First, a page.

I should note that the male character and light shaft/dust effects are not counted as part of my texture budget. The character I placed in my scene was downloaded from this site. I needed something simple and not distracting as the character is simply there to establish a sense of scale and not for any focal point/storytelling reasons.

As I mentioned earlier I do enjoy making my own light shafts as it gives me great artistic control. I used the same technique outlined in my previously featured Building a Hotel in UE4 scene only this time I added panning dust particles to the material. I used a single channel packed 256 texture set up like so…

And set it up the material like this…

LIGHTING

Lighting was quite pivotal in QA. The challenge one faces when using reflective hard surfaces is having a distracting amount of hot spots and shine everywhere. Thankfully UE4 allows you to tweak with the Min Roughness values on individual lights to reduce or eliminate undesired specular highlights. I also used a planar reflection at my ground level.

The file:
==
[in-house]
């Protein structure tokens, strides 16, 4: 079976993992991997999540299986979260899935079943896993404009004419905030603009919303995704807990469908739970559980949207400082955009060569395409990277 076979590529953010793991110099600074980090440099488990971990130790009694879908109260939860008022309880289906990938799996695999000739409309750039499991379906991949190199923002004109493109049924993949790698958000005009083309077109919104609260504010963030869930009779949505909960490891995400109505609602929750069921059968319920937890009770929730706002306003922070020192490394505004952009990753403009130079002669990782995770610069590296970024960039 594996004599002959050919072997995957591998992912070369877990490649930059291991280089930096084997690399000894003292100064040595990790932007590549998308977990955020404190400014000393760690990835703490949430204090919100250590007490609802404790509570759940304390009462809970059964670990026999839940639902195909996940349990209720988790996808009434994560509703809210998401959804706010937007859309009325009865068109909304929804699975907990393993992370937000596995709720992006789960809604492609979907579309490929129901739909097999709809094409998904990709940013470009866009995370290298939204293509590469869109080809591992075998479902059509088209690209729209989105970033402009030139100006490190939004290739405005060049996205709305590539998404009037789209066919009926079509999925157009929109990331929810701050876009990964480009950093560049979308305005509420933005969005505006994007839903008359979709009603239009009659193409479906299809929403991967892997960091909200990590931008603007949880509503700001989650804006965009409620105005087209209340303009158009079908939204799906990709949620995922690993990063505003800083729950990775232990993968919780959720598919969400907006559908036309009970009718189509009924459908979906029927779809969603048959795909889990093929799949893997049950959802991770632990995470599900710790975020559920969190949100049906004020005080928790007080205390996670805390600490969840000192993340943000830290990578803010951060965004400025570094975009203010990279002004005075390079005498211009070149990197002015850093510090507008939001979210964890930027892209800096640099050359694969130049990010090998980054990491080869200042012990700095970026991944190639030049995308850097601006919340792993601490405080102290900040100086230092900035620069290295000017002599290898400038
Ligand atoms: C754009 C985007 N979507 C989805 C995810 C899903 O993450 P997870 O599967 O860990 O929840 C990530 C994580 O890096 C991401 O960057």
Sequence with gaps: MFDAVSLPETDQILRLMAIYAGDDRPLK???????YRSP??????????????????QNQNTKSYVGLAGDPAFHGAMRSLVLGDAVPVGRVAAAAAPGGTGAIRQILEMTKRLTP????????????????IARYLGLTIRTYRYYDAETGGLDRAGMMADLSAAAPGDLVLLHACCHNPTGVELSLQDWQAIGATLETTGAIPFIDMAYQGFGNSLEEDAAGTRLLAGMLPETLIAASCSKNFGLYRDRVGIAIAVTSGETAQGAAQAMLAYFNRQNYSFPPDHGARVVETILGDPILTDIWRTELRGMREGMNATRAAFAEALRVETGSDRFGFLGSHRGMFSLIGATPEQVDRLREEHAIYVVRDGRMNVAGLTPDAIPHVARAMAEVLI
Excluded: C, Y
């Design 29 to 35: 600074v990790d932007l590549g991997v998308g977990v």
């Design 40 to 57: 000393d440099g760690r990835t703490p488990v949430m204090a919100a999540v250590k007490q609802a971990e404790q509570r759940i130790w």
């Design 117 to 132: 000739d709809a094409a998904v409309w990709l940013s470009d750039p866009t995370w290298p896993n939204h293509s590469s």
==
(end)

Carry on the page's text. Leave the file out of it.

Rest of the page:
Most of my lights in this scene are static point and spotlights. My only stationary lights are the door frame spotlights using IES profiles.

I was mindful of my light placement starting with my main light sources and working from there. In areas where I wasn’t getting the ideal bounce I added some non-shadow casting point lights to add a splash of color and illumination.

It was the combination of adding these “fill” lights and adjusting sphere reflection capture actors that got me to a place where I felt I could control where I wanted a surface to give me the right glimmer in the right location based on the chosen composition.